Five things we learned: Notre Dame vs. Purdue


In the end, it was the Irish marching down the field, attempting to steal away a football game that had already slipped out of their grasp. With Jimmy Clausen clearly hobbled and nowhere near 100 percent, he gimped his way back onto the field, intent on settling some unfinished business.

With a 4th and goal, and the season on the line, Clausen found Kyle Rudolph on a special out in the left-side of the endzone with just 24 seconds left. The very same pattern and corner of the endzone that Tate Forcier found Greg Matthews to break the Irish’s hearts in Ann Arbor.

But the Irish escape with a win on a wild day of college football. On a day where highly ranked teams took missteps across the board, the Irish walked into a hostile environment with their best running back, wide receiver, and quarterback out or incredibly gimpy and found a way to win. Here’s what we learned today:

1) The Irish can find ways to win.

For the first time this season, Notre Dame willed its way to victory. Content to play against the clock as the second half started, head coach Charlie Weis made the decision to play to win the game. (Ask Herm Edwards if you don’t get my drift.) He went ultra-conservative on offense, content to run the ball and the clock either out of the Wildcat with Golden Tate, or hand the ball off with backup quarterback Dayne Crist. The plan worked, until defensive deficiencies saw Purdue force the Irish to respond. And the most promising part of the victory tonight was that the Irish did. Whether it was punter Eric Maust stepping up, Golden Tate running and catching the ball, or the improved coverage of the secondary, the Irish found a way to win the football game. It may not be the signature win people wanted, but it’s a victory that Charlie Weis and the team should savor.

2) Notre Dame finally has depth

With the Irish looking at 3rd down and 14 from the Purdue 36 and needing a touchdown, Clausen fired a laser to wide receiver Robby Parris, who converted with a 15-yard gain. A huge catch by Notre Dame’s fourth wide receiver. That’s the type of depth Weis is building, and that’s why he’s one of the best recruiters in the country. Eight different players caught passes, including former walk-on tight end Bobby Burger. The secondary rolled guys in, with great plays being made by Gary Gray, Darrin Walls, and Sergio Brown. And the running game barely lost a beat with Robert Hughes running hard, along with Jonas Gray, Theo Riddick, and quarterback Dayne Crist.

3) Jimmy Clausen is really good.

Many Irish fans are taking for granted #7. While he hasn’t delivered back-to-back national championships, or turned those high school championship rings into BCS appearances, Jimmy Clausen is the unquestioned leader of this offense, and one of the best quarterbacks in the country. His final drive should stand the test of time and be praised for what it was: a tremendously gutsy performance by one of the best quarterbacks to play for Notre Dame. While his 15 of 26 for 171 yards won’t have him moving up anyone’s Heisman ballots, the difference between Clausen, who couldn’t even take a snap under center, and Crist, who looks like a wild stallion still needed to be broken, is night and day.

4) Sam Young’s needs to get it together.

Too often we heard Sam Young’s name tonight. Procedure penalties, a holding call on a screen pass, and blown blocking assignments is befuddling. Notre Dame’s best offensive lineman needs to start playing like it. Most were hoping last week was an aberration, but Young did nothing to show that he understands what he means to this offensive front. The hulking tackle’s talent is clear to everybody, but the lack of recognition between the ear-pads is what’s troubling.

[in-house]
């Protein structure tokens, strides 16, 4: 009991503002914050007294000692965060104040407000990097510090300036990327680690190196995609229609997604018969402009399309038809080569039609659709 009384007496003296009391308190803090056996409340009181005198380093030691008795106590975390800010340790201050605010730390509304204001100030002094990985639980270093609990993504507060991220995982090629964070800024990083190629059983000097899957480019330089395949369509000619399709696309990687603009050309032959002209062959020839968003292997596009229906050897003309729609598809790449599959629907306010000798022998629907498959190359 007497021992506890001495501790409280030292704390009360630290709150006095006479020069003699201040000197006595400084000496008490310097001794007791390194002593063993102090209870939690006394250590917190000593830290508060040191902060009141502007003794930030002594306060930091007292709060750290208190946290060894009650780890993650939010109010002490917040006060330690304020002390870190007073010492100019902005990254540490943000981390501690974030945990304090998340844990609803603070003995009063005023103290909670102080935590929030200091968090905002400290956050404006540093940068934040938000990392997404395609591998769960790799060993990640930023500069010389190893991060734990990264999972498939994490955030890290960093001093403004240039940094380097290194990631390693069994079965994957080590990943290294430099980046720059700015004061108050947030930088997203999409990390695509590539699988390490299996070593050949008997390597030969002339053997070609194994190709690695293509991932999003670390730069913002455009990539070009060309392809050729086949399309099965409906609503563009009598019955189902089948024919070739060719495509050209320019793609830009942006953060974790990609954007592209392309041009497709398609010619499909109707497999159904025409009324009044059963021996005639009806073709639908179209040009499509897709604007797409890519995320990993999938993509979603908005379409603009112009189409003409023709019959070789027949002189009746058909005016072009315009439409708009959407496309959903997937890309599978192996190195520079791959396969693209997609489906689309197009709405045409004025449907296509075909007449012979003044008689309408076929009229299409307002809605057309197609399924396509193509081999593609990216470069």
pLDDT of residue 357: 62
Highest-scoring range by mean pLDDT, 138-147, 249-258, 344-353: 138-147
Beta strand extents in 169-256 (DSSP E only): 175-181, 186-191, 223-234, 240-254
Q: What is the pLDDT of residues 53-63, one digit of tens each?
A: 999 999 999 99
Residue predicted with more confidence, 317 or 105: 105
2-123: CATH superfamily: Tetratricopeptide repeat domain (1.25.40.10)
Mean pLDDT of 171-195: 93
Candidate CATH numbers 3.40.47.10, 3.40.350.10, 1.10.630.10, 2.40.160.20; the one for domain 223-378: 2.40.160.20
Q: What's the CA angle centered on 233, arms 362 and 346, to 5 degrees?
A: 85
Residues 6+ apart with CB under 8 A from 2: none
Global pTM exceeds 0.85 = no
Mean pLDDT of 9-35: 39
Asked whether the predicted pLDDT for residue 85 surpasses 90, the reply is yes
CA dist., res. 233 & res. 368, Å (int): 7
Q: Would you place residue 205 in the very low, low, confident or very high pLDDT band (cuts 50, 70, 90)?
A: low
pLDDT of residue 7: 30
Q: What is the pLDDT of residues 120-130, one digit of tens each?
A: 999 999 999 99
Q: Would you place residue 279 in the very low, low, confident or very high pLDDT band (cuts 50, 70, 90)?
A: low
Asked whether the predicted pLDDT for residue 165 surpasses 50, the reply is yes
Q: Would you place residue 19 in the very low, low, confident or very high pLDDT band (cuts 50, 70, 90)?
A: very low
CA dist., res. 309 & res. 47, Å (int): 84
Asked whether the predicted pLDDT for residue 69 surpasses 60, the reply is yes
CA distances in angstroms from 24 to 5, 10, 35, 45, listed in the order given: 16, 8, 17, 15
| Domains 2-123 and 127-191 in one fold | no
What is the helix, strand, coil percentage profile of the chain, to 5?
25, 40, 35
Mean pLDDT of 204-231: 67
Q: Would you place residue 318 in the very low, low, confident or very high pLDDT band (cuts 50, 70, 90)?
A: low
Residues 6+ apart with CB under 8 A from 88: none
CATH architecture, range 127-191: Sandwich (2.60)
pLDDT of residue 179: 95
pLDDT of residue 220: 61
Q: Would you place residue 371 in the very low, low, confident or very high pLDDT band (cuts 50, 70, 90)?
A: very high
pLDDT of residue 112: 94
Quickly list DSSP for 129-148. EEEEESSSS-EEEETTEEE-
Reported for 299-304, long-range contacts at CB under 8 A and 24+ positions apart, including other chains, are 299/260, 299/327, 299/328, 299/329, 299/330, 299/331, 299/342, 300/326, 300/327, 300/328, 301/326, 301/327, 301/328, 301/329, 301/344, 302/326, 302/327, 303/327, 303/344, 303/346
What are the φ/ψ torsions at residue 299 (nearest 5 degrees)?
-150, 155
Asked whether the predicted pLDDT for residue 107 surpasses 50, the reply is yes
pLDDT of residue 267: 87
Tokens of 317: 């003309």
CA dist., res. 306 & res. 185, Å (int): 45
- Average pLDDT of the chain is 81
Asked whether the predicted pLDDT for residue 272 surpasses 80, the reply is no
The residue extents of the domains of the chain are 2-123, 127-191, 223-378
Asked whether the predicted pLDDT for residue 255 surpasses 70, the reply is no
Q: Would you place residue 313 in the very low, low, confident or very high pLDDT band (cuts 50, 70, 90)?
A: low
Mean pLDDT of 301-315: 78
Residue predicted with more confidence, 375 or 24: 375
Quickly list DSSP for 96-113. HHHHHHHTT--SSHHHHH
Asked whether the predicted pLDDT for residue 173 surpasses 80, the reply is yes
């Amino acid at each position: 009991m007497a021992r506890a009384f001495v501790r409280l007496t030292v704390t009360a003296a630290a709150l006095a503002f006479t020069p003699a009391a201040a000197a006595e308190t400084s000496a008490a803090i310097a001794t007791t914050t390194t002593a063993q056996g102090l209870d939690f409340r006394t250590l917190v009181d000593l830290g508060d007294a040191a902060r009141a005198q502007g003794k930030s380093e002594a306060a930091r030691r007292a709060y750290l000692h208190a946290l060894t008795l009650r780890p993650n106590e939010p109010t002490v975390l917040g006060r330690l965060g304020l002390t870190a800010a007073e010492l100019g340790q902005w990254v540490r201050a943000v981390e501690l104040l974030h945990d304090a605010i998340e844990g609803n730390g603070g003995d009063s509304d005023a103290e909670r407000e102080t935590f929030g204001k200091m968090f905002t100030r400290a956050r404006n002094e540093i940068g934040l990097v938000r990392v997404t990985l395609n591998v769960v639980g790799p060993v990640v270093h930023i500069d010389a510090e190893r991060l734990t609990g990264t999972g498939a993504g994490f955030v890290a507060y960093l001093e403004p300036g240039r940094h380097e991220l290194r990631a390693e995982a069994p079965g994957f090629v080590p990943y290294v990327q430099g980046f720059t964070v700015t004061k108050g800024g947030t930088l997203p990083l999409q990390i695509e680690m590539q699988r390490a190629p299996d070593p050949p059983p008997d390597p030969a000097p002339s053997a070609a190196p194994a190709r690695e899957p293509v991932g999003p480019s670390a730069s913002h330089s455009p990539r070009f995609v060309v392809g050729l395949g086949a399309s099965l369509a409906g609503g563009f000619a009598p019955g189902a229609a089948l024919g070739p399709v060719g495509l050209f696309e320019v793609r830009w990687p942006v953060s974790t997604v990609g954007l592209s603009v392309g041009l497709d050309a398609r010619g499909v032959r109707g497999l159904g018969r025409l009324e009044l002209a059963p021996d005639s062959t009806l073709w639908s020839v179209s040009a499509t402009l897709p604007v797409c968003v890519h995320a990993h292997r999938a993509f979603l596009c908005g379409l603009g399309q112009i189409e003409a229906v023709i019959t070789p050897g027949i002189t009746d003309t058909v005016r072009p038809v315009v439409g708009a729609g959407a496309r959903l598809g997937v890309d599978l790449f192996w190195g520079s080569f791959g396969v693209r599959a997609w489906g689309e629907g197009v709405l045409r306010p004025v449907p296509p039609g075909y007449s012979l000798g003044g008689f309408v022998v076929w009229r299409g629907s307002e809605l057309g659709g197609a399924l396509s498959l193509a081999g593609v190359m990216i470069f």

5) The defense still needs to get back to the basics.

Once again, the Irish make an average quarterback look very good. Joey Elliott threw for 289 easy yards and 3 TDs. Too often Elliott rolled out to find a wide-open receiver sitting at 8-to-10 yards. The Irish made Keith Smith look like a star, missing tackles on him and running back Ralph Bolden with regularity. And while most of us will only remember Clausen’s late game heroics, the defensive’s mental breakdown on Purdue’s last offensive play, where Jaycen Taylor ran 38 yards without anyone coming within five yards of him, is yet another communication breakdown for Jon Tenuta’s defense. While ND did a better job at stuffing the run, there is still plenty of work to be done.

Go for two or not? Both sides of the highly-debated topic

during their game at Clemson Memorial Stadium on October 3, 2015 in Clemson, South Carolina.

Notre Dame’s two failed two-point conversion tries against Clemson have been the source of much debate in the aftermath of the Irish’s 24-22 loss to the Tigers. Brian Kelly’s decision to go for two with just over 14 minutes left in the game forced the Irish into another two-point conversion attempt with just seconds left in regulation, with DeShone Kizer falling short as he attempted to push the game into overtime.

Was Kelly’s decision to go for two the right one at the beginning of the fourth quarter? That depends.

Take away the result—a pass that flew through the fingers of a wide open Corey Robinson. Had the Irish kicked their extra point, Justin Yoon would’ve trotted onto the field with a chance to send the game into overtime. (Then again, had Robinson caught the pass, Notre Dame would’ve been kicking for the win in the final seconds…)

This is the second time a two-point conversion decision has opened Kelly up to second guessing in the past eight games. Last last season, Kelly’s decision to go for two in the fourth-quarter with an 11-point lead against Northwestern, came back to bite the Irish and helped the Wildcats stun Notre Dame in overtime.

That choice was likely fueled by struggles in the kicking game, heightened by Kyle Brindza’s blocked extra-point attempt in the first half, a kick returned by Northwestern that turned a 14-7 game into a 13-9 lead. With a fourth-quarter, 11-point lead, the Irish failed to convert their two-point attempt that would’ve stretched their lead to 13 points. After Northwestern converted their own two-point play, they made a game-tying field goal after Cam McDaniel fumbled the ball as the Irish were running out the clock. Had the Irish gone for (and converted) a PAT, the Wildcats would’ve needed to score a touchdown.